I love a good slow-cooked meal. Growing up, the slow cooker – or crockpot, as we called it – was a staple of my dad’s (yep, dad was the cook in our household) kitchen. The main recipe he employed it for was chilli and it was delicious! I have yet to find a meal better suited to a cold, winter evening than a big bowl of steaming chili. Yum!
When I first moved out on my own, there was no way I was going to spend my precious few expendable dollars on a slow cooker, so I made do without for a few years. But when I settled down with my now husband and we started setting up house, I came to the conclusion that I couldn’t really claim to have a “real” home without a slow cooker. (Yes, I know I’m ridiculous.) Well, slow cookers aren’t particularly commonplace in Norway. If you were willing to shell out the big bucks – and here, I’m talking around $300 – you could get a pretty basic one, but it was no great shakes and I was NOT dropping that kind of cash on it even if it was. When hubby and I got married, we had a slow cooker on our wish list and friends of ours were generous enough to actually get it for us. (Yes, we’re spoiled.) Unfortunately, the crockpot came from North America. So, while we were able to get an adaptor for it that was supposed to convert voltage, etc., it was not a fan of Norwegian electricity, apparently. The first time we used it, smoke came out from behind the control panel. Yikes! I get nervous leaving the crockpot (yes, I’m going to use the two terms interchangeably throughout this post, get used to it) on while we’re out of the house at the best of times. Not gonna happen with one that’s smoking…
We packed the crockpot away with the intention of bringing it to Canada for my brother later (tried that… the lid shattered into a million pieces in my suitcase. THAT was fun to clean up!) Eventually, when Norway got a bit more adventuresome in the slow cooker department, we purchased one here. It was still more expensive than I’d like to pay, but manageable. And our home was finally filled with the glorious smells of a slowly perfected, home-cooked meals.
You’d think my (thus far kinda boring) story would end there, right? Nope! A while back, I stumbled across an interesting post on my Facebook newsfeed. It was an electricity-free crockpot. Say whaaat?!?! This magical device is called a “Wonderbag.” Basically, it’s a big, insulated bag, topped with a puffy little hat, closing in at the top. All ingredients are brought to a boil on conventional stovetop. Boil for about 20 minutes (this varies a bit,depending on the recipe) and then seal the pot into the Wonderbag. The food continues to slowly cook as the hours pass.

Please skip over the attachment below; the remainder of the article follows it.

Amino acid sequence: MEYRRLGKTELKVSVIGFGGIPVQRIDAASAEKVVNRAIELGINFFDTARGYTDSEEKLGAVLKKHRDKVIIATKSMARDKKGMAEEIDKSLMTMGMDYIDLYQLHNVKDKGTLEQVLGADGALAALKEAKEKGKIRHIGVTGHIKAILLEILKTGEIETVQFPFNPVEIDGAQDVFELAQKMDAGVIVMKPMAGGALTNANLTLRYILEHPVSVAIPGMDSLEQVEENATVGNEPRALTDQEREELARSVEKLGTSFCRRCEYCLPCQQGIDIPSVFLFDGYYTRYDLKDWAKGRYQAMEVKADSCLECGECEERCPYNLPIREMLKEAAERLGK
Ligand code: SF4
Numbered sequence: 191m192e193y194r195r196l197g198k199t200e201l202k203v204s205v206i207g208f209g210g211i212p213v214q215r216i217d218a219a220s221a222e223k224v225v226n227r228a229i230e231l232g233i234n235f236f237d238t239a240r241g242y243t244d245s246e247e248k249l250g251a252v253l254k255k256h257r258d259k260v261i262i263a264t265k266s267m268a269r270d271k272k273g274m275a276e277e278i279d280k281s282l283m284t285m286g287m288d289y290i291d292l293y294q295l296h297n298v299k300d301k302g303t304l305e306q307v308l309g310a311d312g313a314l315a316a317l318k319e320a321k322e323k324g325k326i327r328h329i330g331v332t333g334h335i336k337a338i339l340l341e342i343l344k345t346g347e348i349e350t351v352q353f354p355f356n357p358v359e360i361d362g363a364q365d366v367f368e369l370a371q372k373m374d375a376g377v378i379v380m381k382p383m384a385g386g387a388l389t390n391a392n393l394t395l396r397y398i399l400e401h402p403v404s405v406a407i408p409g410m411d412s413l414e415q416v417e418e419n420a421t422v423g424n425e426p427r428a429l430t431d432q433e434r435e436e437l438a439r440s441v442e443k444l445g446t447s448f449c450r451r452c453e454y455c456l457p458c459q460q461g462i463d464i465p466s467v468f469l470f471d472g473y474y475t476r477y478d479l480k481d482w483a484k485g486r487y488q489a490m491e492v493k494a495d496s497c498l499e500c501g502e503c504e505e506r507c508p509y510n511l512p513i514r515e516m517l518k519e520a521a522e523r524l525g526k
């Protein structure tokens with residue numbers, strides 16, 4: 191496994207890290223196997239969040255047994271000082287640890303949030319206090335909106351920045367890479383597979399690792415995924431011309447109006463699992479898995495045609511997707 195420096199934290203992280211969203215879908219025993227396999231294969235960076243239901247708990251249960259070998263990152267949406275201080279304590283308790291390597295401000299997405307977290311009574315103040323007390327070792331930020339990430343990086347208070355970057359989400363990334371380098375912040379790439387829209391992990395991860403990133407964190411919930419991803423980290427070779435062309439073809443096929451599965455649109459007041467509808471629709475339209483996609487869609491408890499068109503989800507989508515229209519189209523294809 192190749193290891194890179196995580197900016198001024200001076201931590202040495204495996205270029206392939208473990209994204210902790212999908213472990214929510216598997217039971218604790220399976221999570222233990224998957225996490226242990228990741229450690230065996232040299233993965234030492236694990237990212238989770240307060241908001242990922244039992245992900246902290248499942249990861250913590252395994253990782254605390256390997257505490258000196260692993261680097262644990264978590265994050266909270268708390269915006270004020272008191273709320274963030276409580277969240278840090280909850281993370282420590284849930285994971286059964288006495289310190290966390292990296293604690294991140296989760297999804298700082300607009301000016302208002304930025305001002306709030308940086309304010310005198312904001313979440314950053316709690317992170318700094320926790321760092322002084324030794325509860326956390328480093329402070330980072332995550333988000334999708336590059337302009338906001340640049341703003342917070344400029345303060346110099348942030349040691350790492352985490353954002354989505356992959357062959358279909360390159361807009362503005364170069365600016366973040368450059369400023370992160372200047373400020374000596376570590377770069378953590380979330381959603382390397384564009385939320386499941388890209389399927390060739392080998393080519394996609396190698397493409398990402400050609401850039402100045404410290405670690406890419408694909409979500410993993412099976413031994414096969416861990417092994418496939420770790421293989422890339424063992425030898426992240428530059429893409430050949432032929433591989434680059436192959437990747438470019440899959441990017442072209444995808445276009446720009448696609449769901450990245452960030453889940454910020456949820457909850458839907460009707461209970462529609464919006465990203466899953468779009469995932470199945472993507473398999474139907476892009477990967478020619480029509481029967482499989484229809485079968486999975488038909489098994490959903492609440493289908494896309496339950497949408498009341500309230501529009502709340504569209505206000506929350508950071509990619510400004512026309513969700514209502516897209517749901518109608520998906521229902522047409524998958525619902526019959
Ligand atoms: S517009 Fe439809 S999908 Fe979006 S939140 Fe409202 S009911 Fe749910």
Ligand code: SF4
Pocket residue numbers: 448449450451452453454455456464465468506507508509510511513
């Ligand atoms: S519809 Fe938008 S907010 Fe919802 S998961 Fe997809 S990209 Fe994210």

I admit, I was a bit skeptical at first. But the reviews looked good and I was intrigued. Plus, I like the history of the company and that for every Wonderbag purchased, another is sent to a family in Africa. I decided to try it out. Checking out the various options available on the website, I was stoked to see one of the options not only provided a “sister bag” to a family in Africa, but that it was actually handmade by a woman in Africa (job creation), using recycled materials and part of the proceeds go to the World Wildlife Fund. Sold! I went for the purple one, of course.
A short wait later and my package arrived. It was sent in a clear, plastic wrap, so I got a few questioning looks at the post office. But this is Norway; they didn’t ask. I excitedly brought my new kitchen toy home. My husband snorted, “You know you can get the same result with a duvet, right?” Hey, no raining on my parade, buddy! So, what recipe to try first? Chili, of course!
With help from my mom, visiting from Canada, I got all the ingredients prepped and thrown together and brought it all to a boil. We let it boil for about 20 minutes, I put everything into a smaller pot (there’s supposed to be as little extra room in the pot as possible) and put it into the Wonderbag, sealing up the top. Now, to wait. 7 hours later, it was time toeat. Finally, the moment of truth. Hubby opened up the bag, skeptical it’d still be warm enough, and out whooshed the scrumptious smelling steam. Definitely warm enough. And, oh, was it tasty!
Final verdict? This one’s a winner. The food turned out great, I love that it’s electricity-free so it saves energy and there’s no risk of a fire, and I feel good about supporting several great causes. Yum all around!